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Sighting and pictures, Morocco, 2010:

Basic indications:

Date written:March 22, 2010
Date received:March 22, 2010
Date published:April 7, 2010
Date of sighting:March 18, 2010
Place of sighting:Morocco, Casablanca
Original language of report:French
Reported using:e-mail
Unreleased information:Name, firstname, email address
Investigation, additional information:None
Explanation:Not looked for. Party balloon?

The report:

Sent: March 22, 2010
From: [Firstname] [NAME] [f-name-number]
4 attachments IMG_2264.JPG (637 KB), IMG_2265.JPG (678 KB), IMG_2266.JPG (623 KB), IMG_2267.JPG (669 KB)

Good evening Mr. Patrick Gross, I sends to you a copy/paste of an electronic message I sent to the Geipan on March 18, 2010:

"Good evening,

Let me write to you in order to report the phenomenon I witnessed. It occurred on March 18, 2010, at approximately 18:00 in Casablanca in Morocco. The duration of the observation is approximately 1 minute. The object was approximately between 100 and 200 meters of the ground (it was a little higher as soon as I saw it then it slightly lowered altitude I have the impression). it followed a horizontal linear trajectory slightly downward, without acceleration nor deceleration (I think at constant speed). Its shape and its size resemble a coarse soccer ball of chestnut color, it did not make any noise, and no odor is to be reported. The object did not disappear, it moved away and thus I did not have it any more in my field of vision. I specify that there was no wind thus I do not think that it can be a floating plastic bag in the sky for example.

Hereby attached 4 photographs that I took with my digital camera Canon Digital Ixus 65 (I used the maximum zoom), and I suppose that you have powerful tools for image processing in particular what relates to the zoom.

Best regards.

Note: I would be curious to know your conclusions, in how much time you deal with this kind of information and where to consult your conclusions concerning this matter and thank you."

I was answered in a courteous manner, unfortunately Geipan exclusively treats the observations of UFO on the French territory. Nevertheless it preserves my file on a purely informative basis. Because of that the Geipan invited me to look to the following link and I discovered your website which seems to me among the most complete and serious among the list that I saw. Therefore I send you the photographs as attached files and I would be curious to know the conclusions.

Best regards.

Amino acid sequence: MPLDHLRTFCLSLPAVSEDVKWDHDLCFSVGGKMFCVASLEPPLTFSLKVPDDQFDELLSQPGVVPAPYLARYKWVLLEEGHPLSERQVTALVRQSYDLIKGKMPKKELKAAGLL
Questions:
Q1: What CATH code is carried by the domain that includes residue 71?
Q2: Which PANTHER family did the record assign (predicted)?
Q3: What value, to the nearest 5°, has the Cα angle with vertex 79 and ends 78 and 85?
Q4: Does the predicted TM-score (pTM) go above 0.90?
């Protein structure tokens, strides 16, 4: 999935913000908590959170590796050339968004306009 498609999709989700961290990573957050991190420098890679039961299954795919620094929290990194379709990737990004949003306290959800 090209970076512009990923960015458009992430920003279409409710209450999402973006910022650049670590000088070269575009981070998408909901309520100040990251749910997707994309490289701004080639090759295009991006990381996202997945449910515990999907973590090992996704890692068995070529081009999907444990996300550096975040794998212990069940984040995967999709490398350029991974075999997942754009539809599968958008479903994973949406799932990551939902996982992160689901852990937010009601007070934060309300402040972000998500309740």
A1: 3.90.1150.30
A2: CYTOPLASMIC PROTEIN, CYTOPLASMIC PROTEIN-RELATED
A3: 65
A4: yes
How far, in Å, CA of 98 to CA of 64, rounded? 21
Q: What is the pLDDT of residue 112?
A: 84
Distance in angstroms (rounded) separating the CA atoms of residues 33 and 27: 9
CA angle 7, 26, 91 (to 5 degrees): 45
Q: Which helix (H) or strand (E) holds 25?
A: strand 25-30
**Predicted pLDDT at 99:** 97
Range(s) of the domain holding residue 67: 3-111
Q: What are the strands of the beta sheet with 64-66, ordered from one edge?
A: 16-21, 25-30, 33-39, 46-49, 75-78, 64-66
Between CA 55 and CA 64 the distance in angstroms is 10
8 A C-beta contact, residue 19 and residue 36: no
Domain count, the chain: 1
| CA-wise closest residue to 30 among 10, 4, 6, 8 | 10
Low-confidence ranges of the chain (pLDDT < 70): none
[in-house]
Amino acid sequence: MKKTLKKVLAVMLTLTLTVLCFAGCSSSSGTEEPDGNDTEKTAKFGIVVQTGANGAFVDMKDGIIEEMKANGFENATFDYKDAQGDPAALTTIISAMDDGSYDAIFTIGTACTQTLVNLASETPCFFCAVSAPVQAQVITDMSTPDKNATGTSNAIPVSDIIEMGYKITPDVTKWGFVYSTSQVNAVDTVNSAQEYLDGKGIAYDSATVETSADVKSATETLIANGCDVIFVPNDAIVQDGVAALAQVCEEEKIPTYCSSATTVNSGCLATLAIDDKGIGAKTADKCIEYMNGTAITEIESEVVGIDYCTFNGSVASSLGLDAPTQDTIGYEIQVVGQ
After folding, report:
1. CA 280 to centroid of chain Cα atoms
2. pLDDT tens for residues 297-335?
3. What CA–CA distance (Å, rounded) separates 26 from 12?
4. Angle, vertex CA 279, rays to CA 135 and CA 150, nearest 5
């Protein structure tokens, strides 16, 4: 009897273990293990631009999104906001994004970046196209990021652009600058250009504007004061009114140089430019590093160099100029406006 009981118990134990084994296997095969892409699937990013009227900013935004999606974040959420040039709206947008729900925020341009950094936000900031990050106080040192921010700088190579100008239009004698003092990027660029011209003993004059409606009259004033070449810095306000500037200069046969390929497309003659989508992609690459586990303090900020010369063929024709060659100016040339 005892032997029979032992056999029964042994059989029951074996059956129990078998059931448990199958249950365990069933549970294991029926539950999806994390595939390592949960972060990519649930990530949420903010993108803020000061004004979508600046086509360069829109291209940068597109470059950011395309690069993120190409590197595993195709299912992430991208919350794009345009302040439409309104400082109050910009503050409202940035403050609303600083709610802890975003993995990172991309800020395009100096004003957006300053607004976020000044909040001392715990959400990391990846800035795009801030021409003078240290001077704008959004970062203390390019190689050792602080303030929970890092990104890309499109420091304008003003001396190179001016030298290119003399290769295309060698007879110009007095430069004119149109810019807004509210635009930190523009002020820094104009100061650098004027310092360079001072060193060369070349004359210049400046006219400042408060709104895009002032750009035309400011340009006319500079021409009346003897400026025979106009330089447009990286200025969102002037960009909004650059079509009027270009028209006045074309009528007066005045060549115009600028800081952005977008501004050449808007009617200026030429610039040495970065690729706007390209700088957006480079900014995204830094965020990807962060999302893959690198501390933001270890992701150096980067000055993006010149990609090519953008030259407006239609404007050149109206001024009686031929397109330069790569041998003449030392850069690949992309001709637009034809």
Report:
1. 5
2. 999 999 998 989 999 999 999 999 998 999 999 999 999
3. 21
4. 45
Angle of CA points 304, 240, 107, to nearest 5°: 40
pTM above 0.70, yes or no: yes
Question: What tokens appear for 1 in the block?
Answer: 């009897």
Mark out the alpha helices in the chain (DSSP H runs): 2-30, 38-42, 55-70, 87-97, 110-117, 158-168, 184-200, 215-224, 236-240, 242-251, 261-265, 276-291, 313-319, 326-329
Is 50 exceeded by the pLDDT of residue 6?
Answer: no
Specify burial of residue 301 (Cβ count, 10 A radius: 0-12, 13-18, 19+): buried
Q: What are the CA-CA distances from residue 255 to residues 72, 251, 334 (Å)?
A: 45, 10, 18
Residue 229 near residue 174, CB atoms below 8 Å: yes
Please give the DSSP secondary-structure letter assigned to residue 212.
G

The attached pictures:

To: Other sighting reports.

Note - June 9, 2017:

I just discovered that ufologist Gérard Lebat mentions this observation with my page as source:


He said that he believed it would not be a "party balloon" because the "Chinese lanterns" are hardly sold in Maroc...

Alas, he commits a confusion about my words that I want to clarify:

For me, a Chinese lantern is a Chinese latern and a party balloon is a party balloon. It's not the same thing at all. If I had thought that the observation was explainable by a Chinese lantern, I would have written "Chinese lantern", not "party balloon."

The Chinese lantern is a kind of "mini-montgolfier"; it is by heating the air trapped in the thing that it rises. A "party balloon" is a rubber or mylar balloon that rises because it is filled with a gas lighter than air.

Just by looking at the pictures, anyone should have understood that I would never have told that this could be a Chinese lantern; which is a luminous thing! But a party balloon, yes, that is possible.

Anyway, a difficulty in obtaining a Chinese lantern in Morocco in 2010 is also a questionable argument for two reasons: you just have to order them by mail via the web, and on the other hand, there are numbers of Chinese lanterns in the history of UFOs, since at least 1896, which were simply hand-crafted on location.

Finally, I would like to point out yet another possible explanation, given by Gérard Lebat; which seems very plausible to me: a black plastic bag, as they are often used in that country...

(Or, I also think, a brown paper bag, such as tose found everywhere...)

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This page was last updated on June 9, 2017.